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Cron was a boy in search of a father. His own dad, handsome, charming, and mysterious, spent Cron's youth slipping into alcoholism and depression. His family slid with him: Within a few years, the huge house in a stylish London neighborhood and the embassy cocktail receptions had been replaced by a crowded Connecticut apartment and the unabashed embarrassment of poverty. Lonely, unathletic, peppering his speech with snobbish-sounding British terms, Cron was an easy target at school. And then at his first communion, Cron "fell into God." In a blizzard on the Great Plains, he notes, farmers would sometimes tie one end of a rope around their waist and the other to the farmhouse so they could find their way home in a whiteout. By pressing his thumb against Cron's cheek, a bishop ties an invisible rope around Cron's waist. Subtle threads of everyday grace become visible to him: a perfect fawn that arrived after a terrible humiliation, cast-off road flares that led to a sense of belonging and joy, salvation in the form of a radio talk-show host.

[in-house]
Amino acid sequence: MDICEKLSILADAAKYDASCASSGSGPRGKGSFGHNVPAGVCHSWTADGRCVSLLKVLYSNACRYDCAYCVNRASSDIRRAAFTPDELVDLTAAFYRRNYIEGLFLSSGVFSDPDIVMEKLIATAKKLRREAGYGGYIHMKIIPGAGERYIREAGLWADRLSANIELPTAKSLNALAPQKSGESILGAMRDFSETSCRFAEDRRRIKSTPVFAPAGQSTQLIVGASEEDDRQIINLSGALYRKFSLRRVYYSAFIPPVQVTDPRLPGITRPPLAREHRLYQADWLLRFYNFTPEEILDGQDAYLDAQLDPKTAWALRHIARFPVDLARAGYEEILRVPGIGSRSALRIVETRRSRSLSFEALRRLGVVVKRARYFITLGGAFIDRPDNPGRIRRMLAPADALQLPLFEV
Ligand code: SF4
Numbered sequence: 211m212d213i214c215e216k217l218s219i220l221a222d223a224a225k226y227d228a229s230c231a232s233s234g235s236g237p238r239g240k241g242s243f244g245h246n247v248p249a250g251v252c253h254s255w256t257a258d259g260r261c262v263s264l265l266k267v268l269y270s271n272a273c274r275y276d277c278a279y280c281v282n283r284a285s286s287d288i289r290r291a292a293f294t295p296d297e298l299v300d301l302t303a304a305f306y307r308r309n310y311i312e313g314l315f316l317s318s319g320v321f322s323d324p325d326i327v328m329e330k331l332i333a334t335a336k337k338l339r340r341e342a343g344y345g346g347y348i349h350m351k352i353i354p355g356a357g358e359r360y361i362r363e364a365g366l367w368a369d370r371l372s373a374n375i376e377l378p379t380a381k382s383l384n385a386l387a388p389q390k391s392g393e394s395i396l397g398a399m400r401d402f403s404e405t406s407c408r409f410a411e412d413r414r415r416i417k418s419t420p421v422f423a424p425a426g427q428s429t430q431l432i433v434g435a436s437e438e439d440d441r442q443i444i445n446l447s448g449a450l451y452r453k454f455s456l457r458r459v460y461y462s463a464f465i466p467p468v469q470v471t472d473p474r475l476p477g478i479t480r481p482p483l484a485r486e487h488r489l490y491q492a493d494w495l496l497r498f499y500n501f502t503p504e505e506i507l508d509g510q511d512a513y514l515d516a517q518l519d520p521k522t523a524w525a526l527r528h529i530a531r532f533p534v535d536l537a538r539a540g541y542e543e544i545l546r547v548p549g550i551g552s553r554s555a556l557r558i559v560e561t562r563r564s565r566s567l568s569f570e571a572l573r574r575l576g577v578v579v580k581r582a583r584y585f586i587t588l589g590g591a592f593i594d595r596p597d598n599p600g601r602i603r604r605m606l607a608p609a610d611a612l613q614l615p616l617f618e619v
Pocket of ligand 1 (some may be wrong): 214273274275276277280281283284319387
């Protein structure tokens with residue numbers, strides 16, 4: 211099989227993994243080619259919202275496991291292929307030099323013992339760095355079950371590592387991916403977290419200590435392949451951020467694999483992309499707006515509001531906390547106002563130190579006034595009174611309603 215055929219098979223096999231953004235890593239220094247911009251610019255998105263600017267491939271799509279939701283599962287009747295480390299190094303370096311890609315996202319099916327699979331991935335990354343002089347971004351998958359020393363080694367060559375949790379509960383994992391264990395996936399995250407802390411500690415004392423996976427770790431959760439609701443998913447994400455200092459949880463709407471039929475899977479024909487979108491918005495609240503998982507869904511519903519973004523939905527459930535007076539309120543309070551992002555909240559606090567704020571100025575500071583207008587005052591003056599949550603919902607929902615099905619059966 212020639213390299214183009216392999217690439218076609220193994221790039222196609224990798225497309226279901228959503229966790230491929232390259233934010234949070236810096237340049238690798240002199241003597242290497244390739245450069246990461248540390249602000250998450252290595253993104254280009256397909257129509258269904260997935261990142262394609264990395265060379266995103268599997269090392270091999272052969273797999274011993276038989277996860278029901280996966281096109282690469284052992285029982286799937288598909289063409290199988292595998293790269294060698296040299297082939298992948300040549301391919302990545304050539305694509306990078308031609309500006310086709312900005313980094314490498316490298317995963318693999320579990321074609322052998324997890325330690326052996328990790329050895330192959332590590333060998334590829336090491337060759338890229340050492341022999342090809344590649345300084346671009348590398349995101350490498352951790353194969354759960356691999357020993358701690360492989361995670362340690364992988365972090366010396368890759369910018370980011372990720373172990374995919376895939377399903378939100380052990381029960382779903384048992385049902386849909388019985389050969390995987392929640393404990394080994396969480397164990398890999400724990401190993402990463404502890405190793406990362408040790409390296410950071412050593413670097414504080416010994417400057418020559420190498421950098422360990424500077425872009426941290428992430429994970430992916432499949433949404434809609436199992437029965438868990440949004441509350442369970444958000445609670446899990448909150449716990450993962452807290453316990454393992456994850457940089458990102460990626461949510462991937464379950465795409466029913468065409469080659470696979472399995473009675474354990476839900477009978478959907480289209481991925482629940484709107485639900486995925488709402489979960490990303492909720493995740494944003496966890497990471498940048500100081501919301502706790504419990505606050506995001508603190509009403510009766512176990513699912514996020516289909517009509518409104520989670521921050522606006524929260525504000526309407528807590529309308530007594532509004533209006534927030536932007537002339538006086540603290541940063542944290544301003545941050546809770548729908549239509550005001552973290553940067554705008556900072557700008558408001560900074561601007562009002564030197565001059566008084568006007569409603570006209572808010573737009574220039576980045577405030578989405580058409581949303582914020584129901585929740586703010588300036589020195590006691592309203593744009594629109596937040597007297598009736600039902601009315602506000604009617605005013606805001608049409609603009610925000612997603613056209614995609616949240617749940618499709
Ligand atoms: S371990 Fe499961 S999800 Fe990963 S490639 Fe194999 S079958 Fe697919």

But the scars inflicted by a secretive, alcoholic father are not so easily overcome. Cron would stretch that rope nearly to breaking many times. In prose as spare as it is touching and honest, he recounts his own descent into alcoholism and the hard road back. Jesus, My Father, the CIA, and Me is a heartwarming exercise in emotional anthropology—digging up the bones of a lost childhood, fleshing them out, and embracing the imperfect picture they present.